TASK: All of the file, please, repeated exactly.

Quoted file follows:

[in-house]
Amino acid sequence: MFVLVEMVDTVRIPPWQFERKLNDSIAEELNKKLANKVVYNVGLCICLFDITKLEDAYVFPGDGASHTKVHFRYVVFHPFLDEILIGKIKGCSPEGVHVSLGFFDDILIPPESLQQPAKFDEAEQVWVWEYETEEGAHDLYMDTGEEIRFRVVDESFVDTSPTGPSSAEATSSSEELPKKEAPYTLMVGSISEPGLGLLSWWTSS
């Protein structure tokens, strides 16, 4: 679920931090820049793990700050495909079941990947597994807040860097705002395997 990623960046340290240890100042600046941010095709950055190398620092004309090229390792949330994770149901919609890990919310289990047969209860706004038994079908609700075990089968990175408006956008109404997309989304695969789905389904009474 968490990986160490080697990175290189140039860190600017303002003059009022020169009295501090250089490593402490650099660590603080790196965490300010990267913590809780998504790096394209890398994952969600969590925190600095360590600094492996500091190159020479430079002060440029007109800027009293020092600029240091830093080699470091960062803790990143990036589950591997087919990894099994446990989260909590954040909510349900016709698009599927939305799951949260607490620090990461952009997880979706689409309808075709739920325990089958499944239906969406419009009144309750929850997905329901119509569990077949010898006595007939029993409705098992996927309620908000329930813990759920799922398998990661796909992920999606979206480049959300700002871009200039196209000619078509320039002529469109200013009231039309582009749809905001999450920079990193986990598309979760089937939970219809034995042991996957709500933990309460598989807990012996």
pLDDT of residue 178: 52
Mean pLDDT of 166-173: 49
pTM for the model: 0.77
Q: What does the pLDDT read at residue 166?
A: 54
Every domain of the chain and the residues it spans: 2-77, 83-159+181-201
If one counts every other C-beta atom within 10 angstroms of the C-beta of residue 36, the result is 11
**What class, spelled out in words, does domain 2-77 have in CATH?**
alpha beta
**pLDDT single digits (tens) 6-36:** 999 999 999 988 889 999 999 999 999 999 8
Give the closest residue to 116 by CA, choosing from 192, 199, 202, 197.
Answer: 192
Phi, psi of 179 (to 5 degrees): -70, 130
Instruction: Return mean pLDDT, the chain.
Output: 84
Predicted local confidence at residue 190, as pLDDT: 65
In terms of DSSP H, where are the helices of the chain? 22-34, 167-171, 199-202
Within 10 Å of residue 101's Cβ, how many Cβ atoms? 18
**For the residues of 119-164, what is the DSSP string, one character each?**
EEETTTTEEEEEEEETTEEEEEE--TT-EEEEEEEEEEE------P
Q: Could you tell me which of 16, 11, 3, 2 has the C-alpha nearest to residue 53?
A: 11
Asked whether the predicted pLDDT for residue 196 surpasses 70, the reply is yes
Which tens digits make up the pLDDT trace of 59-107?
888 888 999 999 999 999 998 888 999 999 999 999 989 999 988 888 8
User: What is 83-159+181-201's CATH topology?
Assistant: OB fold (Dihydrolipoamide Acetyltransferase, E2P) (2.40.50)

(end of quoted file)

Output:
[in-house]
Amino acid sequence: MFVLVEMVDTVRIPPWQFERKLNDSIAEELNKKLANKVVYNVGLCICLFDITKLEDAYVFPGDGASHTKVHFRYVVFHPFLDEILIGKIKGCSPEGVHVSLGFFDDILIPPESLQQPAKFDEAEQVWVWEYETEEGAHDLYMDTGEEIRFRVVDESFVDTSPTGPSSAEATSSSEELPKKEAPYTLMVGSISEPGLGLLSWWTSS
């Protein structure tokens, strides 16, 4: 679920931090820049793990700050495909079941990947597994807040860097705002395997 990623960046340290240890100042600046941010095709950055190398620092004309090229390792949330994770149901919609890990919310289990047969209860706004038994079908609700075990089968990175408006956008109404997309989304695969789905389904009474 968490990986160490080697990175290189140039860190600017303002003059009022020169009295501090250089490593402490650099660590603080790196965490300010990267913590809780998504790096394209890398994952969600969590925190600095360590600094492996500091190159020479430079002060440029007109800027009293020092600029240091830093080699470091960062803790990143990036589950591997087919990894099994446990989260909590954040909510349900016709698009599927939305799951949260607490620090990461952009997880979706689409309808075709739920325990089958499944239906969406419009009144309750929850997905329901119509569990077949010898006595007939029993409705098992996927309620908000329930813990759920799922398998990661796909992920999606979206480049959300700002871009200039196209000619078509320039002529469109200013009231039309582009749809905001999450920079990193986990598309979760089937939970219809034995042991996957709500933990309460598989807990012996």
pLDDT of residue 178: 52
Mean pLDDT of 166-173: 49
pTM for the model: 0.77
Q: What does the pLDDT read at residue 166?
A: 54
Every domain of the chain and the residues it spans: 2-77, 83-159+181-201
If one counts every other C-beta atom within 10 angstroms of the C-beta of residue 36, the result is 11
**What class, spelled out in words, does domain 2-77 have in CATH?**
alpha beta
**pLDDT single digits (tens) 6-36:** 999 999 999 988 889 999 999 999 999 999 8
Give the closest residue to 116 by CA, choosing from 192, 199, 202, 197.
Answer: 192
Phi, psi of 179 (to 5 degrees): -70, 130
Instruction: Return mean pLDDT, the chain.
Output: 84
Predicted local confidence at residue 190, as pLDDT: 65
In terms of DSSP H, where are the helices of the chain? 22-34, 167-171, 199-202
Within 10 Å of residue 101's Cβ, how many Cβ atoms? 18
**For the residues of 119-164, what is the DSSP string, one character each?**
EEETTTTEEEEEEEETTEEEEEE--TT-EEEEEEEEEEE------P
Q: Could you tell me which of 16, 11, 3, 2 has the C-alpha nearest to residue 53?
A: 11
Asked whether the predicted pLDDT for residue 196 surpasses 70, the reply is yes
Which tens digits make up the pLDDT trace of 59-107?
888 888 999 999 999 999 998 888 999 999 999 999 989 999 988 888 8
User: What is 83-159+181-201's CATH topology?
Assistant: OB fold (Dihydrolipoamide Acetyltransferase, E2P) (2.40.50)